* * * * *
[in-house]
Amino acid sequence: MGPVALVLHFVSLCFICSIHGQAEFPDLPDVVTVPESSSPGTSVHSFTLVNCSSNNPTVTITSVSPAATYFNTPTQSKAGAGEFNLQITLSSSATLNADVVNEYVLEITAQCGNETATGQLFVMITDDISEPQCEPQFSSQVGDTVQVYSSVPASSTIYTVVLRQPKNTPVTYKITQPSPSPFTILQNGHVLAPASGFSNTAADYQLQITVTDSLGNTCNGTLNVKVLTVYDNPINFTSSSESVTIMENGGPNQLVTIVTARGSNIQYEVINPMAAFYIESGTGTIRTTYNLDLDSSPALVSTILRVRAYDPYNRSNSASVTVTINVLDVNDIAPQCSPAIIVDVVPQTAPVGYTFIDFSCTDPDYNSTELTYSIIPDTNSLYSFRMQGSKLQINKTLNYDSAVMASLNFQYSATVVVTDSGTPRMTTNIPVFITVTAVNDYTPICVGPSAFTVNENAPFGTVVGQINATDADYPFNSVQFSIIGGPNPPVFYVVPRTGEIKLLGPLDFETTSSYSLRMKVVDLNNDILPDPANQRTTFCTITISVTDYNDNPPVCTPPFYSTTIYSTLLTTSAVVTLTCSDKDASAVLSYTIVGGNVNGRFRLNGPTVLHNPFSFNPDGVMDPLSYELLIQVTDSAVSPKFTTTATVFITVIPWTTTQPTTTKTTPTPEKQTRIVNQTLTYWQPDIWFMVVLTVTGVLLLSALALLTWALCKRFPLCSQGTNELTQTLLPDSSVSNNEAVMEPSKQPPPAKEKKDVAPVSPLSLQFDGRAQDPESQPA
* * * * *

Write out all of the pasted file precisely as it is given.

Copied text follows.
[in-house]
Amino acid sequence: MGPVALVLHFVSLCFICSIHGQAEFPDLPDVVTVPESSSPGTSVHSFTLVNCSSNNPTVTITSVSPAATYFNTPTQSKAGAGEFNLQITLSSSATLNADVVNEYVLEITAQCGNETATGQLFVMITDDISEPQCEPQFSSQVGDTVQVYSSVPASSTIYTVVLRQPKNTPVTYKITQPSPSPFTILQNGHVLAPASGFSNTAADYQLQITVTDSLGNTCNGTLNVKVLTVYDNPINFTSSSESVTIMENGGPNQLVTIVTARGSNIQYEVINPMAAFYIESGTGTIRTTYNLDLDSSPALVSTILRVRAYDPYNRSNSASVTVTINVLDVNDIAPQCSPAIIVDVVPQTAPVGYTFIDFSCTDPDYNSTELTYSIIPDTNSLYSFRMQGSKLQINKTLNYDSAVMASLNFQYSATVVVTDSGTPRMTTNIPVFITVTAVNDYTPICVGPSAFTVNENAPFGTVVGQINATDADYPFNSVQFSIIGGPNPPVFYVVPRTGEIKLLGPLDFETTSSYSLRMKVVDLNNDILPDPANQRTTFCTITISVTDYNDNPPVCTPPFYSTTIYSTLLTTSAVVTLTCSDKDASAVLSYTIVGGNVNGRFRLNGPTVLHNPFSFNPDGVMDPLSYELLIQVTDSAVSPKFTTTATVFITVIPWTTTQPTTTKTTPTPEKQTRIVNQTLTYWQPDIWFMVVLTVTGVLLLSALALLTWALCKRFPLCSQGTNELTQTLLPDSSVSNNEAVMEPSKQPPPAKEKKDVAPVSPLSLQFDGRAQDPESQPA